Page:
Booking.com has been hit with a €475,000 fine (about $558,000) for a 2018 incident that saw several thousand United Arab Emirates (UAE) hotel guests have their personal information exposed. A relatively small amount of credit card numbers were leaked, but the primary determiner of the fine amount is the fact that Booking.com waited 22 days to report the incident to the appropriate authorities. The EU General Data Protection Regulation (GDPR) requires that organizations issue data breach notifications within 72 hours after becoming aware of an incident. The large amount of the fine is a point of contention as it stretches to the limit of what the GDPR allows for an incident that included relatively little sensitive personal information, but bucks what has been a recent trend of leniency toward the travel industry.
Is policing of data breach notifications becoming more strict?
The personal information of about 4,100 customers who booked hotels in the UAE in 2018 was exposed in the breach, but only 283 of these had credit card details exposed (97 had the CVV security code exposed along with the full card number). An investigation determined that Booking.com was not directly at fault for the breach, given that it targeted customer service agents at individual hotels in the region, but the company was penalized for its slow notification response. The Netherlands-based company became aware of the incident on January 13, 2019 but did not report it to the Dutch data protection authority (the AP) until February 7.
While the fine amount is not one of the largest seen under the GDPR (the top fines have ranged up into the tens of millions of Euros), it is the largest that a DPA has issued to a company that was only found to be responsible for a late data breach notification. The amount is also not all that far below the top 10 largest GDPR fines across the EU for 2020, and it is one of the largest fines that the Dutch DPA specifically has issued to date.
Monique Verdier, vice president of the Dutch AP, argued that Booking.com’s failure to issue a timely data breach notification is just as serious a component of the incident as the actual social engineering attack against the hotels: “A data breach can unfortunately happen anywhere, even if you have taken good precautions, but to prevent damage to your customers and the repetition of such a data breach, you have to report this in time.” There is merit to this argument given that the attackers appeared to be exploiting some sort of repeatable vulnerability in Booking.com’s phone authentication protocols, able to convince workers at a number of UAE hotels that they were legitimate employees of the company. Booking.com appears to have agreed with this assessment, telling Dutch reporters that there are no plans to contest the fine amount (but stressing that the issue had nothing to do with its security practices).
Regulators more forgiving towards travel industry
Booking.com’s immediate acquiescence is somewhat surprising given that EU regulators have tended to be forgiving of companies in the travel industry, particularly during the pandemic. The Marriott data breach of 2018 was one of the largest of its type of all time, but was ultimately reduced to $23.8 million in October from an initial assessment of $123 million. Similarly, the major British Airways incident of 2018 was reduced to $26 million that month from an initial proposed $238 million. Each involved more serious issues than a data breach notification, with the companies involved found responsible for the loss of millions of records of sensitive personal and financial information.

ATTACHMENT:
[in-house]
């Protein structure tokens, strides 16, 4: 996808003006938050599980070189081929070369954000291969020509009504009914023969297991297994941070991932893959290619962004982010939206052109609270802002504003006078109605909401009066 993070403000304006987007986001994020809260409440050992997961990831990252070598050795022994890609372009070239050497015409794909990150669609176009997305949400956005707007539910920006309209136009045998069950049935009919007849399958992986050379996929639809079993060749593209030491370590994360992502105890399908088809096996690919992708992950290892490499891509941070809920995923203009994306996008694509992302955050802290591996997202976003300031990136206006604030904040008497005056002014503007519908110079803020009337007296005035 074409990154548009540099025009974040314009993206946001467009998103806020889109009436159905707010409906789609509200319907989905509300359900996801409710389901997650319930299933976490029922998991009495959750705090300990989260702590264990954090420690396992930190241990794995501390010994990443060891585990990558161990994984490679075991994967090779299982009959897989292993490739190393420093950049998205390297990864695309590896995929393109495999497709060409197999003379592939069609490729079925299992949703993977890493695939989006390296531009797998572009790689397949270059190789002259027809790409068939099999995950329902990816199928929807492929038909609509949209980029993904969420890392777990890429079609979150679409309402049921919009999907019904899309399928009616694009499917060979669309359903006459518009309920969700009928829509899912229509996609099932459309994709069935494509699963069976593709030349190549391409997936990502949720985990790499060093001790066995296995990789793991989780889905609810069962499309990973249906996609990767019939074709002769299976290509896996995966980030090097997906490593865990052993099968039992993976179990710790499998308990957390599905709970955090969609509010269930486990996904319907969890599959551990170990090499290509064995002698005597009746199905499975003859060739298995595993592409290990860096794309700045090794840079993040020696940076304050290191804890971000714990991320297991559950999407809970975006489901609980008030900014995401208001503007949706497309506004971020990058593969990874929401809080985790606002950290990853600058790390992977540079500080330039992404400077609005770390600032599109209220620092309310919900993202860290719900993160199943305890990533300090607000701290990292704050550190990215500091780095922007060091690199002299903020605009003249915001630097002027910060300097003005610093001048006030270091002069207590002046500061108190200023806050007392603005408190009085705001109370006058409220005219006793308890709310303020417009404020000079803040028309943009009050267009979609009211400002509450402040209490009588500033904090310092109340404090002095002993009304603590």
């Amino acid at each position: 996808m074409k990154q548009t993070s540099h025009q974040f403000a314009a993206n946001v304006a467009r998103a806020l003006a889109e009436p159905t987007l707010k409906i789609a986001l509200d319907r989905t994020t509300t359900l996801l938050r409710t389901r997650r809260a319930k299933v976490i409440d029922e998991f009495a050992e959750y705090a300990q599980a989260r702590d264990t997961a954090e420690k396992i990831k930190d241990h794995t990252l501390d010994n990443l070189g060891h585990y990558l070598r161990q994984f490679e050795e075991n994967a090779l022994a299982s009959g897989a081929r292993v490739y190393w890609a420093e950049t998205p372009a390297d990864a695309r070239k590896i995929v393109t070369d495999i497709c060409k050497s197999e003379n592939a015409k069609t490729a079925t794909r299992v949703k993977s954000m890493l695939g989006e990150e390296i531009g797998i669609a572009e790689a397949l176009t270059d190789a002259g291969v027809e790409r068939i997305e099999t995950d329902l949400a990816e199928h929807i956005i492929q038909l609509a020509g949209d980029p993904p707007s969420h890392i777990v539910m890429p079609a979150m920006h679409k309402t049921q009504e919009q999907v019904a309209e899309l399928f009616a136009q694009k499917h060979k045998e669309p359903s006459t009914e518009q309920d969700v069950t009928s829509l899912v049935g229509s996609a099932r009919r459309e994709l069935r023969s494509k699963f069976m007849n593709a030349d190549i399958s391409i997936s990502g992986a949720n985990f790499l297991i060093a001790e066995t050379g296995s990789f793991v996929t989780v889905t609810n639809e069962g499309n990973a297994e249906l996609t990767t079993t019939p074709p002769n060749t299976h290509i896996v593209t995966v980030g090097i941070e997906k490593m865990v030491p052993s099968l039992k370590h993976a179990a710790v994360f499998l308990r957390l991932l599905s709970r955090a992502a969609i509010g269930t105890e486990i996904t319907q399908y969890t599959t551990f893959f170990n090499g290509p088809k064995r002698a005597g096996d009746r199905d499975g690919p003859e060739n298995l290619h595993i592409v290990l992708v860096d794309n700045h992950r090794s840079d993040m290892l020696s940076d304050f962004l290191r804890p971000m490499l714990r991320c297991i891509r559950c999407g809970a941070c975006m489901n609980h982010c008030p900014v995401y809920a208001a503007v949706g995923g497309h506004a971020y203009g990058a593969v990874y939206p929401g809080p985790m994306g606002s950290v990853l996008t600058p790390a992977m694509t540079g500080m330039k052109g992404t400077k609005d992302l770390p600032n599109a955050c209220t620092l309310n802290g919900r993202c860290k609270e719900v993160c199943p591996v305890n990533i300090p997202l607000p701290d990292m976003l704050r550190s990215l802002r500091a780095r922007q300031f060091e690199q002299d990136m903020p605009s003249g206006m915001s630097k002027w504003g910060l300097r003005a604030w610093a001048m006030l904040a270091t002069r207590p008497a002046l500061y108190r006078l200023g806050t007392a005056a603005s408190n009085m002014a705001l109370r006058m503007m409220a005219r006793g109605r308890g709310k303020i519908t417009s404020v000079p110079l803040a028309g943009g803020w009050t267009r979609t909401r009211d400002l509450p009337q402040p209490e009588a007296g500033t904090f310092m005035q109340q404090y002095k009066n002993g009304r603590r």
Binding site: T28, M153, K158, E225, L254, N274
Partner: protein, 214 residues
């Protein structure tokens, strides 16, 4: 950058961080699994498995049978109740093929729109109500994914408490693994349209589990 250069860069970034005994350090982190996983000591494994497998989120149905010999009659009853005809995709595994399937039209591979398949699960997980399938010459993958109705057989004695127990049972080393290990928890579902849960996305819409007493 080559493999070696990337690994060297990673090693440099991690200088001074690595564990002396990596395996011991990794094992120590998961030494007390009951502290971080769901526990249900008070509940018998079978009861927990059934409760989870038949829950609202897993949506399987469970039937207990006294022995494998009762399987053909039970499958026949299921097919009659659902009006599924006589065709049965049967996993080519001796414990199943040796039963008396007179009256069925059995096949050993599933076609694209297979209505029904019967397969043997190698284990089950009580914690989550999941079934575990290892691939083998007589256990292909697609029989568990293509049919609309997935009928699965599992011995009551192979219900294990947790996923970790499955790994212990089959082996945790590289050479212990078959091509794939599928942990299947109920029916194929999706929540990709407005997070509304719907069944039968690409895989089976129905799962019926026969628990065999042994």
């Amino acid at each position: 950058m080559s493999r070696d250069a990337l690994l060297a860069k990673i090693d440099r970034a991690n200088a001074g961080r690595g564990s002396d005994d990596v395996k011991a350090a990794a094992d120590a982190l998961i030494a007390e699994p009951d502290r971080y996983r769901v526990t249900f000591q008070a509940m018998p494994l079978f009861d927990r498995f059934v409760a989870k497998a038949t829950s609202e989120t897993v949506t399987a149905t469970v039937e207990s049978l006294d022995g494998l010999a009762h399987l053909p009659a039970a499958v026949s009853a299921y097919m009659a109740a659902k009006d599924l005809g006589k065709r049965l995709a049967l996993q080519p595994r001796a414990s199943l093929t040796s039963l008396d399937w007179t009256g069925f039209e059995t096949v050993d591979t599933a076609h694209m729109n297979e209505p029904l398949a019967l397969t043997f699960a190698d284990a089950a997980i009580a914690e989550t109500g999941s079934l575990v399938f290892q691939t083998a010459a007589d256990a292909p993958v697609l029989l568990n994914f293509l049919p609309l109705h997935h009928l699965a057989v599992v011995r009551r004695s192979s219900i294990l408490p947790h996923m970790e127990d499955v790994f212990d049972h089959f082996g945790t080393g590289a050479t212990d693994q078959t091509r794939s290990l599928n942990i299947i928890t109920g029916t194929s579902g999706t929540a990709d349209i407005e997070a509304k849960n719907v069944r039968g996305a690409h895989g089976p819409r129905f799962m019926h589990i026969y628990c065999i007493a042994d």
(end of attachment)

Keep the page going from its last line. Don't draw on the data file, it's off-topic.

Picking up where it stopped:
The Dutch DPA did not play a role in those decisions, however. It is thus unclear if this signals a trend in the EU toward stricter enforcement of slow data breach notifications, or if companies based in the Netherlands are going to be subject to tougher standards in this area. Ilia Kolochenko, Founder and Chief Architect at ImmuniWeb, believes that the European Data Protection Board may decide to weigh in on this particular issue: “The fine seems to be severe given that sensitive data of just 300 people was compromised among 4000 victims that were somehow affected. The Dutch DPA exercised its discretion to impose fines under Article 83 of GDPR in a broad manner, and it seems to be an unambiguous signal of zero tolerance for late data breach reports … The European Data Protection Board will probably intervene and bring more clarity on this specific misconduct in terms of gravity and subsequent punishability. In any case, this precedent evidences that victims of data breaches are to rigorously follow Article 33 of the GDPR and notify the competent DPA within 72 hours as prescribed.”
Twitter was recently in a similar situation regarding a fine for a slow data breach notification, and the ultimate amount that it was assessed (by the Irish DPA) was very similar. That fine amount was widely criticized as being too small, but there were extra layers of complication in the circumstances of that case. Twitter initially faced more charges, with the issue stemming from a glitch that had exposed the private tweets of certain users to the public for a period of four years. The case involved heavy deliberation among the EU’s DPAs and put a spotlight on a pattern of slow enforcement and low fine amounts by the Irish DPA. Twitter was ultimately fined about $546,000 for its late data breach notification, which it blamed on inadequate staffing during the Christmas 2018 holiday.